Educational Technology Research and Development

, Volume 62, Issue 5, pp 481–505 | Cite as

Game-based practice versus traditional practice in computer-based writing strategy training: effects on motivation and achievement

  • Antje ProskeEmail author
  • Rod D. Roscoe
  • Danielle S. McNamara
Research Article


Achieving sustained student engagement with practice in computer-based writing strategy training can be a challenge. One potential solution is to foster engagement by embedding practice in educational games; yet there is currently little research comparing the effectiveness of game-based practice versus more traditional forms of practice. In this study, the ARCS model (Keller, Perform Instr 26(8):1–7, 1987b) was used to investigate the motivational characteristics of different practice conditions. To this end, 175 students were randomly assigned to one of four experimental conditions: game-based, question-based, model-based, and writing-based practice. All students first learned strategies to write an essay introduction. Subsequently, students practiced using the strategies in the four different conditions. Game-based practice was expected to positively affect ARCS-related motivation toward practice. Results showed that students perceived game-based practice as significantly more interesting and engaging than question-based practice. However, although game-based practice was perceived more positively, only model-based and question-based practice demonstrated a beneficial impact on students’ ability to implement the writing strategies. These results underline the necessity of interconnecting motivational and instructional design when developing practice methods for computer-based writing strategy training.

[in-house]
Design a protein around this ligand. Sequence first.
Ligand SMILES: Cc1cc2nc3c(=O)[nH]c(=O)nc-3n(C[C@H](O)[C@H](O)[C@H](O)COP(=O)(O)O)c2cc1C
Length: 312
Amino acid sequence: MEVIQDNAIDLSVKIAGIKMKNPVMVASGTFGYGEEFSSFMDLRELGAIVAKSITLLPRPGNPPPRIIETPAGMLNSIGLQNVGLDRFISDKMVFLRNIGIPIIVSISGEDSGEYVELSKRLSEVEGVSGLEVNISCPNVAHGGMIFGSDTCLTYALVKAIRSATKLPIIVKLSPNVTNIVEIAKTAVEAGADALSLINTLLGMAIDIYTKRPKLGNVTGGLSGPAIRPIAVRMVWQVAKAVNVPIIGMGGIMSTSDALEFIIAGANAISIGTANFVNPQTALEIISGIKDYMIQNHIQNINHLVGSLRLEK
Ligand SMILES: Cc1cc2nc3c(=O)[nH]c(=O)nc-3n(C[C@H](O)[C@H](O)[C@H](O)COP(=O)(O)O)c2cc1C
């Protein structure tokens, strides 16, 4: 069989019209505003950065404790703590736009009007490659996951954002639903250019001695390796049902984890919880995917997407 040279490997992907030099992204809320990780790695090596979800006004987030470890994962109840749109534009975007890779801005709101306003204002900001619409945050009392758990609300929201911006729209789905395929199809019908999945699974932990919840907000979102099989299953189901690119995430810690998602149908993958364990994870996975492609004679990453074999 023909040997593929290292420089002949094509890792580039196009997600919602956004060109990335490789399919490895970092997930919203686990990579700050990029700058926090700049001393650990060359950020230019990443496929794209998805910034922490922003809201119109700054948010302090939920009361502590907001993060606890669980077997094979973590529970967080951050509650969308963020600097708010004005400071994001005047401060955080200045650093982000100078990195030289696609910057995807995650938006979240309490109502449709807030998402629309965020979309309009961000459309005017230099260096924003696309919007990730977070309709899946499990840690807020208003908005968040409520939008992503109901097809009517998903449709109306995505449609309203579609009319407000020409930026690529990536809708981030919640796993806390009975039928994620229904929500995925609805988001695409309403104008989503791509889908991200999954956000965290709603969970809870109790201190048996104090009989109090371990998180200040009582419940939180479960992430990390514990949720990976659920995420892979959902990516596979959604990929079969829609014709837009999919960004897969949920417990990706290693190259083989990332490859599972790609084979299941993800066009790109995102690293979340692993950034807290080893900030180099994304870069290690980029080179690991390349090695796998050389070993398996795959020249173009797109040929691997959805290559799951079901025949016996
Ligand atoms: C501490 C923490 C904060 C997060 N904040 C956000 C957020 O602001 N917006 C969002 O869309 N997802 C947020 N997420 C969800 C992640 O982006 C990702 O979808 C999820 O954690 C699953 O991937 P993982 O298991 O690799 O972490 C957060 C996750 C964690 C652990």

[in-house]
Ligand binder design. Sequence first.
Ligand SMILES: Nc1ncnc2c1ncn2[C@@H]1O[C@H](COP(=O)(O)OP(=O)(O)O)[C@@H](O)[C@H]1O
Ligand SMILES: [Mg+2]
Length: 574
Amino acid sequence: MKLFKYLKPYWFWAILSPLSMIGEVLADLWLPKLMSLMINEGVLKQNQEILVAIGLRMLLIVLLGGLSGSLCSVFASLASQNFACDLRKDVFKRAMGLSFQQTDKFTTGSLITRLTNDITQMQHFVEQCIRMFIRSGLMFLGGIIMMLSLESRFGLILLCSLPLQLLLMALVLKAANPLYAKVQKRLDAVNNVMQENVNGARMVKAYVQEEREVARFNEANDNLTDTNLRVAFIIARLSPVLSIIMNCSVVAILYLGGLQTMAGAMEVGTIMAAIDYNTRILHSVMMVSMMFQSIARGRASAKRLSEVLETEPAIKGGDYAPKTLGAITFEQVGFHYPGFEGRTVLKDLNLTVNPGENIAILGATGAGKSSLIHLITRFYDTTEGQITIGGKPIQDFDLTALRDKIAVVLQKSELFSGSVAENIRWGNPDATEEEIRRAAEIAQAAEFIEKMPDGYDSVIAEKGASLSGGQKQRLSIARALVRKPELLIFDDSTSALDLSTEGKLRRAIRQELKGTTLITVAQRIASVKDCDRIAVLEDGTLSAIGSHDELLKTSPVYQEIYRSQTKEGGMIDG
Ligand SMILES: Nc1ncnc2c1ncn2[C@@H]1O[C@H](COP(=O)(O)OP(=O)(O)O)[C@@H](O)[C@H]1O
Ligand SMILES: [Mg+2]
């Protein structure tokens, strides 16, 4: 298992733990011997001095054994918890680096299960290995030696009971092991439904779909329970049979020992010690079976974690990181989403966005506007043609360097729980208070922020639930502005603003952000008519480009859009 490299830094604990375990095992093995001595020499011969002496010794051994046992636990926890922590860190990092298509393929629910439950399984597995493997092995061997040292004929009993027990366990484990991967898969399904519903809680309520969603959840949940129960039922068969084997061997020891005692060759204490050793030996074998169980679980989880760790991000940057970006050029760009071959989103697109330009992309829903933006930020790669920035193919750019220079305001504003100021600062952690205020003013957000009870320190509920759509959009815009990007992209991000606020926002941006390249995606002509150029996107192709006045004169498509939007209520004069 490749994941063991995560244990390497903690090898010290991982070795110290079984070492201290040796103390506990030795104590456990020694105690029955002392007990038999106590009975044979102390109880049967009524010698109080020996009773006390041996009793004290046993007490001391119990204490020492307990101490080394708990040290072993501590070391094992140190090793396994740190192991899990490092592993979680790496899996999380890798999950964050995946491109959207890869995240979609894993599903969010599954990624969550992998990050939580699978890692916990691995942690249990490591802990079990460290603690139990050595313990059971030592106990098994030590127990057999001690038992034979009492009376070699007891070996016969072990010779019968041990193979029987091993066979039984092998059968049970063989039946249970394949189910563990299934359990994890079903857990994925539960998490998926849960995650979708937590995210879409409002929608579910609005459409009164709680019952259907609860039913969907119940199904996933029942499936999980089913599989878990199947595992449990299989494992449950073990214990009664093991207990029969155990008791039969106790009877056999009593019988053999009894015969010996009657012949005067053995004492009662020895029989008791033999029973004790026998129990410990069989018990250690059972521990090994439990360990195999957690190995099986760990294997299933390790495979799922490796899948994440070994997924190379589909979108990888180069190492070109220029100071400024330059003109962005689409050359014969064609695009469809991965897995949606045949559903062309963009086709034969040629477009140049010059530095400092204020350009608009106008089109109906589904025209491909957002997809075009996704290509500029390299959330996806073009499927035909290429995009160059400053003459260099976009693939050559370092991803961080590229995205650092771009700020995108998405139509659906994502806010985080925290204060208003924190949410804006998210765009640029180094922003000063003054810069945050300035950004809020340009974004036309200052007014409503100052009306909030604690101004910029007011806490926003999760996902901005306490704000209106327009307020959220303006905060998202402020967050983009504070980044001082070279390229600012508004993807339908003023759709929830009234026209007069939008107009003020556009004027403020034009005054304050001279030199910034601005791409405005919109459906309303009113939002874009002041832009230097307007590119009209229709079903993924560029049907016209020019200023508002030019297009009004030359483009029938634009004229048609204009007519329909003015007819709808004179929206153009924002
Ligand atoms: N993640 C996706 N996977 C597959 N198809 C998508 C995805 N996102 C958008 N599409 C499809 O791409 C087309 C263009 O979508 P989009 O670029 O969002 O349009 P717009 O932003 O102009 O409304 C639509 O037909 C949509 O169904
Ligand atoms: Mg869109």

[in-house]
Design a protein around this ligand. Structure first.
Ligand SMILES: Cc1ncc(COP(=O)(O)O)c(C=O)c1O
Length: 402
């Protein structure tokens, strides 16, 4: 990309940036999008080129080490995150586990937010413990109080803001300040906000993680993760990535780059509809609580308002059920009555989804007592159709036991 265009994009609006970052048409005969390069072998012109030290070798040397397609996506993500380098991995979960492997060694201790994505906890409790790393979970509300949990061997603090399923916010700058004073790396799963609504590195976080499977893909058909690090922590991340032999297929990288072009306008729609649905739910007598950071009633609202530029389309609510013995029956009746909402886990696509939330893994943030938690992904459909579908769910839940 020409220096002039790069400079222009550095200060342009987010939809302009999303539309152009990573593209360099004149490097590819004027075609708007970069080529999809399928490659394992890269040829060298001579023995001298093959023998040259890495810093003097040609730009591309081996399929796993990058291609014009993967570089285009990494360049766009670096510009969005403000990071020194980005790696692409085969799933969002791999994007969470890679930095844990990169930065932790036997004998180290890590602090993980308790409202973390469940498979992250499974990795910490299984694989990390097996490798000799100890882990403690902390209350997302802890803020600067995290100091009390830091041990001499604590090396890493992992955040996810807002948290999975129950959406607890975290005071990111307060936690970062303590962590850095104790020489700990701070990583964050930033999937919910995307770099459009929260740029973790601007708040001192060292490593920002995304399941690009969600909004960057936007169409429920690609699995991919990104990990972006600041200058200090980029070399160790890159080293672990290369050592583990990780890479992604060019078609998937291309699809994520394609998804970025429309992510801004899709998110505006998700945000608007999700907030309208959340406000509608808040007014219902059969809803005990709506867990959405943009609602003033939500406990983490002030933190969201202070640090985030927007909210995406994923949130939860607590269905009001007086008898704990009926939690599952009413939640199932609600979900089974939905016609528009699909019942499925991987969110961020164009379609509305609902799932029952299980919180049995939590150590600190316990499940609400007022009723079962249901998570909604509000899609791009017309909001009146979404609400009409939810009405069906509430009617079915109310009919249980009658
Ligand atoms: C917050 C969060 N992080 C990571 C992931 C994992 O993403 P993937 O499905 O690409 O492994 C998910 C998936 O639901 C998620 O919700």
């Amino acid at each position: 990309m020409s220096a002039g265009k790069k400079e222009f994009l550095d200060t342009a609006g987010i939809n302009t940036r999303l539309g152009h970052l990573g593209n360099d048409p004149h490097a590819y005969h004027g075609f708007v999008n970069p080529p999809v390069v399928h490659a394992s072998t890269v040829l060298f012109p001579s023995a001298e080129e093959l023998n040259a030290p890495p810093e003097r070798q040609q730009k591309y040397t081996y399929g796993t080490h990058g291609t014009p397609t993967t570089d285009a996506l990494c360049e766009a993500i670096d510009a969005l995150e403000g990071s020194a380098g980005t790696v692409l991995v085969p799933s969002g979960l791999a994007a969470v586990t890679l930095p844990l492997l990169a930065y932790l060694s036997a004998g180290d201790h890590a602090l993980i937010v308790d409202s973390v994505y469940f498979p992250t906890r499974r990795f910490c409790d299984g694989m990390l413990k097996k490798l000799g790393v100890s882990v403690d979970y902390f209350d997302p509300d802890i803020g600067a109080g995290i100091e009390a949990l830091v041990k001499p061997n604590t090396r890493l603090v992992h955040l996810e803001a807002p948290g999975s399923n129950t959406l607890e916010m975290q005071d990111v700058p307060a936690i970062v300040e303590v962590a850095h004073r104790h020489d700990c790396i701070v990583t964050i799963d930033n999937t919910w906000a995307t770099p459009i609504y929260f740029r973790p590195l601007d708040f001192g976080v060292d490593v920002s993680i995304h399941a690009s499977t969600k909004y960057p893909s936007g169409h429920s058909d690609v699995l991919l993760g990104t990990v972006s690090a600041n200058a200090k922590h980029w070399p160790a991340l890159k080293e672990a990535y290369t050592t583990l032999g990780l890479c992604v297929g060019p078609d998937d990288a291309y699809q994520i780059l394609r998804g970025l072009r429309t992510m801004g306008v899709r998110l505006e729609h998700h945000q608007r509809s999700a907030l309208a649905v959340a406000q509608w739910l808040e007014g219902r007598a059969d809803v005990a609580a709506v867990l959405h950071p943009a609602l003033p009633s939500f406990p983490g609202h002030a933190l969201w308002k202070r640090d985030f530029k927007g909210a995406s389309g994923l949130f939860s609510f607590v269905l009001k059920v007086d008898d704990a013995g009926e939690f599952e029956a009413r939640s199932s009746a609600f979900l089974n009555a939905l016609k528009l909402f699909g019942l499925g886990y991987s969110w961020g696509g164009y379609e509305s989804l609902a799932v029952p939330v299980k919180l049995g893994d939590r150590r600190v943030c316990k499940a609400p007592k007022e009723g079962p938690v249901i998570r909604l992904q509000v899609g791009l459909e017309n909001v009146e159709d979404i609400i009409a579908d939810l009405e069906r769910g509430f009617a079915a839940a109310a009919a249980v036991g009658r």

Serious games Game-based learning Writing strategy instruction ARCS model 



We are grateful to Jianmin Dai, Rüdiger Krauße, and Russell Brandon for their assistance in programming and preparing the study materials. We also thank Antje Neuhoff, as well as the teachers and students of the participating English courses. Special thanks go to Christin Höppner, Esther Herrmann, Anna-Lena Thoms, and Monique Zimmermann for their assistance during data collection. This research was supported in part by the Institute for Education Sciences (IES R305A080589; R305A120707). Any opinions, findings, and conclusions or recommendations expressed in this material are those of the authors and do not necessarily reflect the views of the IES.


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Copyright information

© Association for Educational Communications and Technology 2014

Authors and Affiliations

  • Antje Proske
    • 1
    Email author
  • Rod D. Roscoe
    • 2
  • Danielle S. McNamara
    • 3
  1. 1.Psychology of Learning and InstructionTU DresdenDresdenGermany
  2. 2.Human Systems EngineeringArizona State UniversityMesaUSA
  3. 3.Psychology Department, Learning Sciences InstituteArizona State UniversityTempeUSA

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